Need processing time — Sometimes you just need time for things to percolate. That good idea you had in the shower this morning? It probably wasn’t a new idea. You were creating the space for that idea to come to fullness. Do you do a better job solving the problem after you “sleep on it?” That is good procrastination!

Need stress — Many people use deadlines to create enough stress to move into action. In last month’s blog post on stress and productivity, we learned about the correlation between stress and performance and that without enough stress, we don’t move into action. Deadline stress can be your solution to getting work out the door. If this is your choice, stop beating yourself up and accept who you are. One warning here: Do you hear yourself saying, “I just didn’t have enough time to do the job I wanted to do?” Some people use procrastination to self-handicap. Delay becomes an excuse for not turning in their best work, or even a way to avoid feedback.

Lack of clarity  —When you’re not clear what is important, you end up spending time on low-value tasks and putting off or not doing important work.

Distaste for the task — It’s hard to be motivated to do a task that you hate doing. If this is the case, consider alternatives. Can you delegate this to someone on your team? Can you pay someone else to do it? Can you take it off your list?

Perfectionism — Does the need to be perfect keep you from doing what needs to be done? We’ll look at this in more detail in future blog posts, but remember – perfect is the enemy of done.


This is an exert from Chapter 4 of my new book Productivity for How You’re Wired available on Amazon.  Next post I’ll share strategies to help overcome procrastination.

The brain cannot do its best productive work when overstressed, anxious, or under threat. 

Productivity, Stress and Flow Brain Model

A lot is written today about stress and anxiety. We know exercise, meditation, and good sleep help reduce stress. However, little is discussed about the effects of stress and anxiety on our productivity. In a nutshell, the brain cannot do its best productive work when overstressed, anxious, or under threat. (Excerpts from Chapter 3 of Productivity for How You’re Wired.)

Here’s the neuroscience:

Neuroscientist Paul MacLean’s Triune Brain Model provides a straightforward model to understand the impact of fear and stress on the brain in conjunction with evolution and the hierarchy of brain functions. MacLean describes the brain in terms of three regions:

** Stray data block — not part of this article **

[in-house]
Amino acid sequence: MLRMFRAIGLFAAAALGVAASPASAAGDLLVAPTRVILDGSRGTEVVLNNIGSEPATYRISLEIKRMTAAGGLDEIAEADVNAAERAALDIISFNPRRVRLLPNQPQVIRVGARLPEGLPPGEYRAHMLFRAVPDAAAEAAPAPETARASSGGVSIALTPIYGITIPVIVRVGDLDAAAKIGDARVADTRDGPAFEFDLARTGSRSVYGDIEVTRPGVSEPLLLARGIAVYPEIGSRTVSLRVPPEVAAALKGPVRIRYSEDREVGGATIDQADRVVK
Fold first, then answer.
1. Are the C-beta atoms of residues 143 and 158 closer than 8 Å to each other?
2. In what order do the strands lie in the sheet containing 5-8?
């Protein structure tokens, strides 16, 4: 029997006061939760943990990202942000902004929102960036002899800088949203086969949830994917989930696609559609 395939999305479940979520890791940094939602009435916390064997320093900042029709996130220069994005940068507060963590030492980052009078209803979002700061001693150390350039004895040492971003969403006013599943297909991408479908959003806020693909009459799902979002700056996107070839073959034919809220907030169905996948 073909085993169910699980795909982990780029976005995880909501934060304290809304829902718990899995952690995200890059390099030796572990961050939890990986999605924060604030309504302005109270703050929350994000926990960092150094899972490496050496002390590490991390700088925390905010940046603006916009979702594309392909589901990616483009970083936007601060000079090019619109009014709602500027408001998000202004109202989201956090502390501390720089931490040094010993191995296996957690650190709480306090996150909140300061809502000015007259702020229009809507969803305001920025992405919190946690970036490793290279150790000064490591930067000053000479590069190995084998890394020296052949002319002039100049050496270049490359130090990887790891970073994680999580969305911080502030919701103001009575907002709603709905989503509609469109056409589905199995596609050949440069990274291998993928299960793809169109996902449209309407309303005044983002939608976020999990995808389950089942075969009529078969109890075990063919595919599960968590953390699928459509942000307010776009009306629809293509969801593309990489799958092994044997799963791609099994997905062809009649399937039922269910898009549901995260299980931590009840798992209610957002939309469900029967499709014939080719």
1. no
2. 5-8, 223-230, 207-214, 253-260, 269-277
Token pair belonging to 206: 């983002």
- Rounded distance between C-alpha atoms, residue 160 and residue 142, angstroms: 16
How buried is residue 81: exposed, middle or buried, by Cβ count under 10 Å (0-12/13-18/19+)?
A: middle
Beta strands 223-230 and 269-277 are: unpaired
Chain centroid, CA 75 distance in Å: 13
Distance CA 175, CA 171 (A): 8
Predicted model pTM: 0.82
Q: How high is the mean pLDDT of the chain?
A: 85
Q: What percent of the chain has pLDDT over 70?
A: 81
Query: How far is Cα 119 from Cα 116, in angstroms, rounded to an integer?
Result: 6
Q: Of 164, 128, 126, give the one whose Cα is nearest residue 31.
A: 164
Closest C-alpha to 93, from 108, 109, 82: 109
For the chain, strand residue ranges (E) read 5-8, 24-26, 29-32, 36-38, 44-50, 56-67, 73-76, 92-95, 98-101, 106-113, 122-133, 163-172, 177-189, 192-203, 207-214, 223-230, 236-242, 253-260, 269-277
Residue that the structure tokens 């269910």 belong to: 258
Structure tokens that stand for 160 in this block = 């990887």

Brain Stem: From an evolutionary perspective, the brain stem is the oldest part of the brain. It controls bodily functions without thought or effort. This part of our brain operates on “autopilot.”

Limbic System: Next in evolutionary age is the limbic system. This is the emotional center of our brain. It is home to the amygdala, the part of the brain that houses the fight, flight, or freeze response. We have some control over our emotions, but under threat or too much stress, the amygdala automatically “hijacks” our thinking brain and takes over.

Prefrontal Cortex: Newest, and least on autopilot, is our Prefrontal Cortex (PFC), our thinking brain. It is here we plan, anticipate, think, and learn. The PFC is where innovation and creative thought occur. It houses our working memory and supports our ability to organize information and draw conclusions.

The PFC and the amygdala compete for control of the brain. When we are our most productive selves, we are functioning from the PFC. However, when there is too much stress, anxiety, or fear, the emotionally driven amygdala kicks in. We move from thinking and being productive to a fight, flight, or freeze state.

When under treat, anxious, or overstressed, our productivity tanks because we’ve moved from our thinking brain to our emotional brain.

Flow

Doing one’s most effective work occurs when a person is in flow. Mihaly Csikszentmihalyi, the architect of positive psychology’s flow state, defines flow as “a powerful and rewarding psychological state that makes extra effort seem worthwhile.”

When in flow work feels like play, time flies (and stands still,) and productivity soars. To be our most productive selves, to be in flow, we need to function from our PFC, our thinking brain.Finding Productivity Flow

When under too much stress, anxiety can be paralyzing. You may relate to that feeling when you get a note from the boss saying “come see me,” or a long-time client calls and says “can we talk?” Just when we need to be at our best, we freeze up and our emotional brain takes charge.

Without enough stress, the brain struggles to move into action. Waiting until the 11th hour to begin a project causes enough stress to move the brain into productivity flow.

Strategies for Getting and Staying in Productivity Flow